Race Identification

If you are racing in the South West Region, number boards are supplied and the nominated Team Leader for the race will give this to you at the race. This is a rectangle of white plastic that fits into a slot on the back of the boat. Out of region, if a group is going to the race from Club some boards will be taken.

If you start racing regularly you might decide to purchase your own board. You can have a happy five minutes constructing your number out of the black electrician’s tape you bought at Halfords, and then a frustrating ten minutes trying to get the plate into the slot. At some of the bigger races, there are travelling shops which sell them, but you can’t rely on this.

If you are racing in a South West region race you need to wear club colours to qualify for Hasler points. club members can buy DCC race Vests here.


Marathon racing is based on a divisional structure. Apart from Under 12s and Under 10s, everybody races according to ability, not age or sex. You will start off in Division 9, which is the lowest division.

If you are in a single boat, you’ll be entered for the Division 9 K1 race: if you are in a double boat, you’ll probably be entered in the Division 9 K2 race, unless you are paddling with a much stronger paddler, in which case you might get bumped up a division.

Your number will show your division. All division 9 numbers will start with 9. K1 numbers will be 901 to 949; K2 numbers will be 951 to 999. The same principle applies to other divisions, so for instance, 721 would show a division 7 K1 paddler, and you’d know there are at least 21 paddlers in that race.

Division 9 races are normally about four miles. Under 12s and Under 10s have their own races in Lightnings for K1 and Hodys for K2: these are normally between one and two miles.


Before the day, find out what time your race starts, and what time the briefing is. Make sure you arrive a good half-hour or more before the briefing. When you arrive at the race, you’ll need to book in.

If a centralised entry, the nominated Team Leader will have booked you in already. Just find him or her, pay and you’ll either be given your number or told what your number is to construct your own board. At out of region races or when a centralised entry has not been submitted by the Club, sign in and pay at the booking in desk.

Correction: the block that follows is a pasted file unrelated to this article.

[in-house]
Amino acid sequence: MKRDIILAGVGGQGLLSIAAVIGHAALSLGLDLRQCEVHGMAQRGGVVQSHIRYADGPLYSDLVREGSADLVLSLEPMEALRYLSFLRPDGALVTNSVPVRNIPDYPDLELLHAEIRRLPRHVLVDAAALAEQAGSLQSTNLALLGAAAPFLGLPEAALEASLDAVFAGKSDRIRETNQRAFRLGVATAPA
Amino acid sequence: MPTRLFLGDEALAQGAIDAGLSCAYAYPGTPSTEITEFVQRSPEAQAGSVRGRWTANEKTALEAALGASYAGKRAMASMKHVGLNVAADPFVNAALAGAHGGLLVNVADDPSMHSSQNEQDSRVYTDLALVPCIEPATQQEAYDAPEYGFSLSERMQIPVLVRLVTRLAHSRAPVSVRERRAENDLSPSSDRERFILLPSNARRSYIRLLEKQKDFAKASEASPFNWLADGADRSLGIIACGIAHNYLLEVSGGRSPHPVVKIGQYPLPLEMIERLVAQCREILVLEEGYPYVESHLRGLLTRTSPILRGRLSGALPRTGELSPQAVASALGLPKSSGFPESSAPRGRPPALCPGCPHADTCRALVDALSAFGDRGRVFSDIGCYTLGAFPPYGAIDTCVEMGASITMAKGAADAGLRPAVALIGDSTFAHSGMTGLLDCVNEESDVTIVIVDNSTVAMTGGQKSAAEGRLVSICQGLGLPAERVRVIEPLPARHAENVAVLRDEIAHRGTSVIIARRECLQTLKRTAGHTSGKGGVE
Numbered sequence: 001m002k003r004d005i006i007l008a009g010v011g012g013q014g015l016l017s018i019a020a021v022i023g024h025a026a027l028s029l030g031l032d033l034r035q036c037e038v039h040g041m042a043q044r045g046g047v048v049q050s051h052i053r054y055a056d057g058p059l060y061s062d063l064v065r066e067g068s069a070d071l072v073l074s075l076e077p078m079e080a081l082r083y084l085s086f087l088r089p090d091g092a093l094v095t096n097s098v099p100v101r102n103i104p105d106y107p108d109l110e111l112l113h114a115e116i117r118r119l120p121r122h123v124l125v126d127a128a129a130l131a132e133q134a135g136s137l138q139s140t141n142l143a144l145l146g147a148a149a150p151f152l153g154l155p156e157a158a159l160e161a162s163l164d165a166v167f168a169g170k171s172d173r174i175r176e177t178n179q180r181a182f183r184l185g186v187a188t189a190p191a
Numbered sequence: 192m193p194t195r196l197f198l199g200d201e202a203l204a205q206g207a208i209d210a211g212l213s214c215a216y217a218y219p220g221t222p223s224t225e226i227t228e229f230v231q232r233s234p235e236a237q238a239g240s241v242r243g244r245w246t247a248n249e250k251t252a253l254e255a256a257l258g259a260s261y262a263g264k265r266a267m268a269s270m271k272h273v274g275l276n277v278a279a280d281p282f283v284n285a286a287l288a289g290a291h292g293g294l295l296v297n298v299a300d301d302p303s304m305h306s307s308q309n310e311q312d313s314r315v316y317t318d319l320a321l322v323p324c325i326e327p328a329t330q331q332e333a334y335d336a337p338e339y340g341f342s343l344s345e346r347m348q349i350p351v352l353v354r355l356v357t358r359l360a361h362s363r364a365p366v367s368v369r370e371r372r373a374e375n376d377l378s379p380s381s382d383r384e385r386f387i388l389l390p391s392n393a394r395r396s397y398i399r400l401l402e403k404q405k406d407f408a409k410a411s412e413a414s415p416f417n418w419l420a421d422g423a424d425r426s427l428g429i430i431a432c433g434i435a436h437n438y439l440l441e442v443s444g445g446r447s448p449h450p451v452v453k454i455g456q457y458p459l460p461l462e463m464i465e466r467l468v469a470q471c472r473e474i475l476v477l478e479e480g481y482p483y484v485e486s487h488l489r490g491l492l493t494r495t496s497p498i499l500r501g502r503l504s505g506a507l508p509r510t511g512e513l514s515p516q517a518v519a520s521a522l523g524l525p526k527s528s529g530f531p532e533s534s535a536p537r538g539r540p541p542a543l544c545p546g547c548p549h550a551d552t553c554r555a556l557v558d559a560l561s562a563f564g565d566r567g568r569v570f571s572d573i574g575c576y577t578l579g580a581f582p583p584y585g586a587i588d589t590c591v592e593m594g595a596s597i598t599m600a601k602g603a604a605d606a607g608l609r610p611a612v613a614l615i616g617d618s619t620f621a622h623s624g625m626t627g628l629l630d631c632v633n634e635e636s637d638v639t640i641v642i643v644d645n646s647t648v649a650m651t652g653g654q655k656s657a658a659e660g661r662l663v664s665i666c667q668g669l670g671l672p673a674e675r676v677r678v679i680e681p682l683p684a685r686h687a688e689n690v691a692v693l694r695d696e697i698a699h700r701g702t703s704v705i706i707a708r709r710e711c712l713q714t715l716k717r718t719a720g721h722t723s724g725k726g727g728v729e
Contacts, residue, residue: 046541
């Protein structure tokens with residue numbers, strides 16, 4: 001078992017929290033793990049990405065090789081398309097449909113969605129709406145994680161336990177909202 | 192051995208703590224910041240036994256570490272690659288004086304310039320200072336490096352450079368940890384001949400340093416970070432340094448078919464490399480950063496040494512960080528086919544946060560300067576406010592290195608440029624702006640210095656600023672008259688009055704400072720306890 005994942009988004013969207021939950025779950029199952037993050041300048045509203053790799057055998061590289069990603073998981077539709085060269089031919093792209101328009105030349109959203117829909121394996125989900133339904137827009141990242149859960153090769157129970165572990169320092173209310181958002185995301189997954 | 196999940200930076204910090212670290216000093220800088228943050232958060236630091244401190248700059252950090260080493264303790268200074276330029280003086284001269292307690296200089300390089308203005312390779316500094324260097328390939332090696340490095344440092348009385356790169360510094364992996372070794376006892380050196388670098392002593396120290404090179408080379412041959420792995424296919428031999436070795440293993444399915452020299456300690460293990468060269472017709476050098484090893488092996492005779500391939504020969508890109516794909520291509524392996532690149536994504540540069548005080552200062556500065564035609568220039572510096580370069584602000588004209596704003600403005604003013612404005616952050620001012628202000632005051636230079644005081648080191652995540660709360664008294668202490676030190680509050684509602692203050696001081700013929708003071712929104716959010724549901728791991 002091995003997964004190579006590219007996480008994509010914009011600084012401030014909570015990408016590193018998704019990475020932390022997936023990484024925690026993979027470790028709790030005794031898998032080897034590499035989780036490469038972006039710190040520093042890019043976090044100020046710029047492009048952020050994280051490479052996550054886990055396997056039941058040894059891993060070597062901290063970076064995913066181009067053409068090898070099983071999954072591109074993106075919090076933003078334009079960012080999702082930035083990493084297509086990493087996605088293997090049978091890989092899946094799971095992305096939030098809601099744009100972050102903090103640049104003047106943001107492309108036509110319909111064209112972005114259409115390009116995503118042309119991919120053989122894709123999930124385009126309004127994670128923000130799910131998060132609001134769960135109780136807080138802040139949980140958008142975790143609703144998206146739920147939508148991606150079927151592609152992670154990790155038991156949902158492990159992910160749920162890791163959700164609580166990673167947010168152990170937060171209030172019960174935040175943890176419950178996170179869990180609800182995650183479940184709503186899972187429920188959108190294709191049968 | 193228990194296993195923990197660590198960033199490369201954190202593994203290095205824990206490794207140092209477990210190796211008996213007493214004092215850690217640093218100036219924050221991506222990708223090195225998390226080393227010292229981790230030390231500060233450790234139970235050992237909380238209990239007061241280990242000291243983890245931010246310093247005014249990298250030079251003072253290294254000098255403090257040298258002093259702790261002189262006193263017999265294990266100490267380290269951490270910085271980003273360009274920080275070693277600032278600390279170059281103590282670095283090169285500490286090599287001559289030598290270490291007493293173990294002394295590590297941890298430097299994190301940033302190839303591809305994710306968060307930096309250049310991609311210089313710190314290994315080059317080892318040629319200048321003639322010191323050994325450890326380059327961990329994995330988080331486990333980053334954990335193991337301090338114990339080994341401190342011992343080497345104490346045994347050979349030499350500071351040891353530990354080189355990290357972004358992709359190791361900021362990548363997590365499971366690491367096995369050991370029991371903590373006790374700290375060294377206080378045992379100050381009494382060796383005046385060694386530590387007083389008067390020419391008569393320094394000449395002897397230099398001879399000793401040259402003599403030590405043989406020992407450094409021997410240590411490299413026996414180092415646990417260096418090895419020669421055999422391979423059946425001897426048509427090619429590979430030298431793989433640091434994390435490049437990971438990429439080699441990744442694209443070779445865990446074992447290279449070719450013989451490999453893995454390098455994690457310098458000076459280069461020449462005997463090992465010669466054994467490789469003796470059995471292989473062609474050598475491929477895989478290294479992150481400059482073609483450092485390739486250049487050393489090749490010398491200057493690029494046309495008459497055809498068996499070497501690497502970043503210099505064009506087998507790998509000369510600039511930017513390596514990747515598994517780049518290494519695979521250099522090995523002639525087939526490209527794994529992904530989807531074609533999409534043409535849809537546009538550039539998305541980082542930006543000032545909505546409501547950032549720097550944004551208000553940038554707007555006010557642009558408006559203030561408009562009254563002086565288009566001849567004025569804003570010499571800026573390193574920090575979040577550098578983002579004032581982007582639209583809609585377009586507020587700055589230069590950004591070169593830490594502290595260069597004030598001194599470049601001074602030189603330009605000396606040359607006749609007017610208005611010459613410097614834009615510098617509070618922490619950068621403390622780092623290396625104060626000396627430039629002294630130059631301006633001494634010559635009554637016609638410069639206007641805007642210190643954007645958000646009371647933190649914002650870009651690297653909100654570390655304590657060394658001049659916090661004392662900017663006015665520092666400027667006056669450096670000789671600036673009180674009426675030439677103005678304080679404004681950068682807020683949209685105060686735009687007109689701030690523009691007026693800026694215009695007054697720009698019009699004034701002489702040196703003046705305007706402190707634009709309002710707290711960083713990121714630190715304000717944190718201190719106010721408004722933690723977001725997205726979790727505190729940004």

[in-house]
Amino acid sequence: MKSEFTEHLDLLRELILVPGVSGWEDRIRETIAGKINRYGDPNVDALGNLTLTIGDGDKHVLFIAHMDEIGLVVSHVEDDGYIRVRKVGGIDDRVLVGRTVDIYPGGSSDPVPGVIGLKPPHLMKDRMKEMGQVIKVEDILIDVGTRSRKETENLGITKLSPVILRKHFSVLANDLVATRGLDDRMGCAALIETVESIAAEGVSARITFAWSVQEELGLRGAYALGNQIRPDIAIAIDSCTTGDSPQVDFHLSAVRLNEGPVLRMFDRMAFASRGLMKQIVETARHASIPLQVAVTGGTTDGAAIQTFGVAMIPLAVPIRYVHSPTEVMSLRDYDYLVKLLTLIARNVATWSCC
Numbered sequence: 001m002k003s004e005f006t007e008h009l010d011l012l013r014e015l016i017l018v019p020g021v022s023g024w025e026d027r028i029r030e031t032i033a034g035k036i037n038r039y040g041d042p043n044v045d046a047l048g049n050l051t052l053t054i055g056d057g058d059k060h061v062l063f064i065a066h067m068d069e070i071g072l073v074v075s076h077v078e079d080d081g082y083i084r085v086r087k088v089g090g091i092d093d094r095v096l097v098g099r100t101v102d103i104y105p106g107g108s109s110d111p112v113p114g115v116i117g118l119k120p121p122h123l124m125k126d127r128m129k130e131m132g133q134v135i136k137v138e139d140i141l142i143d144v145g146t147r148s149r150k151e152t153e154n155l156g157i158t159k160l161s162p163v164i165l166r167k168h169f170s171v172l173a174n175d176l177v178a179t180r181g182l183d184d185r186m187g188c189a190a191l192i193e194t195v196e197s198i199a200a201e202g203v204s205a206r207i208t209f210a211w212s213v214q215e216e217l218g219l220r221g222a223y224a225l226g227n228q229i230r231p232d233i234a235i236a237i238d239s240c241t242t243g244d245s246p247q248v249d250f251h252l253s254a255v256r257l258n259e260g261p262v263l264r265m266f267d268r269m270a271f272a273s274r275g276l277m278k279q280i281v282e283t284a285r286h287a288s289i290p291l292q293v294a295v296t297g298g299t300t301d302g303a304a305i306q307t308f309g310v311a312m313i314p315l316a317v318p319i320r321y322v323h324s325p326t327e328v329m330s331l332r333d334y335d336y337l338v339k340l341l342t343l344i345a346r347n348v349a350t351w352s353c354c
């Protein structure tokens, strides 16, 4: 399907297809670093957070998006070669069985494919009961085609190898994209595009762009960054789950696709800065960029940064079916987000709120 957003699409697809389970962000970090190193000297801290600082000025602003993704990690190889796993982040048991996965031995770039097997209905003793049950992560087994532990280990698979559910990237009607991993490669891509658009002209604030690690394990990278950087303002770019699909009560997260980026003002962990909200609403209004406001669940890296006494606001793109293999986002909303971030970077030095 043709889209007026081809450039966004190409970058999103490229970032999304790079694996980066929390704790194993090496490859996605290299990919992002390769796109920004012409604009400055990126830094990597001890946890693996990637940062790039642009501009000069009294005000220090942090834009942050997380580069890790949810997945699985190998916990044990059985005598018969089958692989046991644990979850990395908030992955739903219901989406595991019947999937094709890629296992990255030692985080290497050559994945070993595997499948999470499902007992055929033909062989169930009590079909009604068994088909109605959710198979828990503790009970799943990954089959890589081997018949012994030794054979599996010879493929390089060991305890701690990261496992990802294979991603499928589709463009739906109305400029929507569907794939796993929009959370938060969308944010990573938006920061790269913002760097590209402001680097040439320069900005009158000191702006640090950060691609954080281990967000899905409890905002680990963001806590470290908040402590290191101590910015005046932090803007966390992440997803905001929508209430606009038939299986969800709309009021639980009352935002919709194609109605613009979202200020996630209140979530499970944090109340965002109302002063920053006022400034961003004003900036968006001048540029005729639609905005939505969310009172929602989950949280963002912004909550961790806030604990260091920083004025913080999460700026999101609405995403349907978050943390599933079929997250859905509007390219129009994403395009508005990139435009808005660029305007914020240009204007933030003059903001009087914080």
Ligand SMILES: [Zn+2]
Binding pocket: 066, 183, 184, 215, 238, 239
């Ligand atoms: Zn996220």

Get yourself ready and get your boat set up. Make sure all the wing nuts on the footrest are tight – they might have come loose during the journey. If you took the buoyancy out, make sure you’ve put it back and it’s secure.

At the briefing, the race organiser will explain the course, talk about any hazards and then announce the order of the races. Races normally go off at one minute intervals, and Division 9 races are usually the last, or among the last, to go. You’ll be told where to warm up, and where to wait for the start of your race.

On the Water

After the briefing, there will be a rush to get boats on the water. Take your time: you’re in no hurry.

Once on the water, do some warming up: get used to the choppy conditions – with boats everywhere, the water can seem very lumpy. Try practising a few starts. After a while, the first races will be called to the start. Now’s the time to find where the rest of the Division 9 paddlers have located themselves, and to join up with them. Watch the other starts and see how paddlers go sprinting off to gain a good position.

The Start

Eventually it will be your turn. Don’t be tempted to tuck yourself in behind the other boats: all that will happen is that you’ll get a lot of choppy water to deal with. Get on the front row and get ready to sprint.

The starter will try to get the boats into some sort of line: this can take a while. Eventually, the starter will say, “Are you ready? Go!”, or “Attention! Go!” or something similar. If you wait for the word “Go” you’ll find yourself on your own: everyone else will have gone on the “A” of “Attention”.

Now the fun starts. The water will be incredibly choppy; there will be boats everywhere, and you might find that your boat develops a mind of its own. Don’t panic. Just keep paddling as hard as you can and maintain your balance. If there’s a boat where you want to put your paddle, reach over and paddle on the other side of it. If you can’t do that, just paddle on one side (if you can only paddle on the right, kick your rudder hard right as well so you go straight). Eventually, the carnage will settle down and you’ll find yourself in relatively calm water – still choppy, but manageable.

The Race

If you are going downstream, stay in the middle of the river. If you are going upstream, hug the bank. You’re supposed to stay on the right hand side of the river, but paddlers often cut across. Copy the boats in front, the paddlers will (mostly) know what they are doing. Try to tuck yourself in right behind another boat and ride on their wash wave. This saves a lot of effort.

Eventually, you’ll come to the turn. You’ll know you’re getting near when you see paddlers from the earlier races coming toward you on their way back. Give them plenty of room. Sometimes the turn is round the pillar of a bridge, but more often it’s round a buoy. Take your time. People most often come to grief when they approach a turn too fast. If there are other boats around, be prepared to get bumped into.

If you are unlucky enough to swim here, or anywhere else for that matter, get your boat to the side, empty it, get back in and carry on. As you near the finish, you’ll hear plenty of Devizes paddlers cheering you in. Put on a good sprint finish and bask in your achievement.

After The Race

Once you’ve recovered, make sure you get your paddler snack. Food and drink is provided free to all paddlers. Sometimes this can just be a drink of squash and a piece of fruit; sometimes it can be considerably more than this.

Results are usually put up quite quickly after the race: you can find your position and compare your time with those of people in other races.

Promotion & Points